Will hooligans spoil Euro 2008?
Following a spate of violence at several football games, the heat is now on Euro 2008 organisers if they can maintain security.27 May 2008
GENEVA - Will Swiss hooligans spoil Euro 2008? That is the question that some of the nation's media has been asking following a spate of violence at several games.
Those responsible for Euro 2008 insist they are up to the job and extra manpower and security checks will reduce the risk of any trouble.
Swiss police are less than a fortnight away from a major policing challenge when Euro 2008, played in Austria and Switzerland, kicks off in Basle on 7 June.
In the latest incident, seats were ripped out and a goal post wrenched from the ground after St Gallen faced the prospect of relegation following a 2-0 defeat to Bellinzona on 20 May.
St Gallen was the third incident in a month that saw violent clashes with police who twice resorted to rubber bullets and tear gas.
On 2 May, FC Zurich fans in the stands lobbed lighted fireworks at rival Basle fans part way through the game Basle won 4-0. After the match there was more trouble outside the stadium, with 45 people injured and 12 arrested.
On the same night in Berne, around 100 people were involved in violence after local club Young Boys lost 3-1 to Xamax Neuchatel.
"Will hooligans ruin Euro 2008?" asked the headline in mass circulation paper Blick, one of the German language dailies.
How were fans able to smuggle fireworks into the ground in Basel where Switzerland will play all three group matches, asked the Sonntag newspaper.
The Swiss government's Euro 2008 representative Benedikt Weibel told the paper he remained "convinced" everything concerning security was under control.
The Swiss head of security for Euro 2008, Maertin Jaggi, told a news conference in December he believed hooliganism was unlikely to occur.
He said the family atmosphere of the international tournament, as opposed to national games which are attended by not so many women and children, would temper any violence.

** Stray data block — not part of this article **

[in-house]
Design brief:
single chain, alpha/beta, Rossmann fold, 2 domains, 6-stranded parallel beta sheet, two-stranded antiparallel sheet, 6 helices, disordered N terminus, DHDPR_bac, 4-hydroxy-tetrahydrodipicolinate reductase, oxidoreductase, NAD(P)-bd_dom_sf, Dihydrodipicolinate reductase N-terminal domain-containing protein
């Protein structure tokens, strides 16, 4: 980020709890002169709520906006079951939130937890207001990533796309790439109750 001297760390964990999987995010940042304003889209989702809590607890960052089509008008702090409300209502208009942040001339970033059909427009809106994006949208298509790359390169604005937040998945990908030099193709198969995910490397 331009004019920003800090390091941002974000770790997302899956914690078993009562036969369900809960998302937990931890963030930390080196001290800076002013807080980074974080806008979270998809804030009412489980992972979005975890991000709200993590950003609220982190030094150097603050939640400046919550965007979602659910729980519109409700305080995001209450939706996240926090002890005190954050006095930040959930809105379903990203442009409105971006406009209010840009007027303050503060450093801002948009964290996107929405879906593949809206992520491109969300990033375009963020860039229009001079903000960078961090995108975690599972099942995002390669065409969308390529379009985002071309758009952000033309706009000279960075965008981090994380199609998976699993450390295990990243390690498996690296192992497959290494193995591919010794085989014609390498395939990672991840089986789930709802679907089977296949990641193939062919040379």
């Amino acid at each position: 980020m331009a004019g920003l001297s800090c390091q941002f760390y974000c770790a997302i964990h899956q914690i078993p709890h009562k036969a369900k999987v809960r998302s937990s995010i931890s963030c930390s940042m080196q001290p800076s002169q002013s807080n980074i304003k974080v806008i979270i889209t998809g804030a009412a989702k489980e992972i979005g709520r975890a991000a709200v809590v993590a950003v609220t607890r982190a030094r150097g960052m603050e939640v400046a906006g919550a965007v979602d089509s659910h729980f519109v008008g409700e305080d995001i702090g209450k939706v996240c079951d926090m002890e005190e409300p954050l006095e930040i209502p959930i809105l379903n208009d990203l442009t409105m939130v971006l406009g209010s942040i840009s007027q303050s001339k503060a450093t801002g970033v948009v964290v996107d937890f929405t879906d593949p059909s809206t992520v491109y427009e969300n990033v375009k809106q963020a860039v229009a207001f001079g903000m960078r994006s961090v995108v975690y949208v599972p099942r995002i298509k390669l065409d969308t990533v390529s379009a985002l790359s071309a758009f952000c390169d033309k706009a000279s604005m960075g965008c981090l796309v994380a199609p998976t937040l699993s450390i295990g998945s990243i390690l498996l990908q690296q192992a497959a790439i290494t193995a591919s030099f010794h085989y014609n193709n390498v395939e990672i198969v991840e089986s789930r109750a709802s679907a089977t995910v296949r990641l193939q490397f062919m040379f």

The view that national and international football events drew different types of fans was supported in an editorial in another newspaper, Tages-Anzeiger.
The Zurich-based newspaper said after the trouble in Basle and Berne that the trouble was down to extremist groups who courted club teams not the national side.
Sports minister Samuel Schmid said that hooliganism can not be ruled out. But he expressed his belief that extra measures such as more policing, restrictions on alcohol (which he has called "a catalyst for violence") and video surveillance will help keep trouble at bay.
"The gap between genuine commitment and fanaticism is narrow in football, the church and society," Schmid told a congregation at a special service in Zurich Cathedral linking the Church and Euro 2008.
He said alcohol fuelled violence and parliament had recommended controls to the cantons underlying the message that drinking led to hate, not joy.
"Euro 2008 should be a celebration of peace," he added.
As for policing, hundreds of officers from France and Germany have been drafted in to back up Swiss forces, as well as 15,000 troops. The total cost of the security operation runs to USD 56 million.
There will also be police spotters deployed in the four Swiss venues looking out for any potential trouble.
While Switzerland is seen as a low risk country in terms of hooliganism, violence has been on the increase in recent years. Estimates claim there are around 400 hooligans and 600 sympathisers.
Though the forces of law and order are patrolling outside the grounds, it is private security forces who are in charge within the stadiums and it is here some of the worst violence in Swiss games has occurred in recent weeks.
[dpa / Expatica]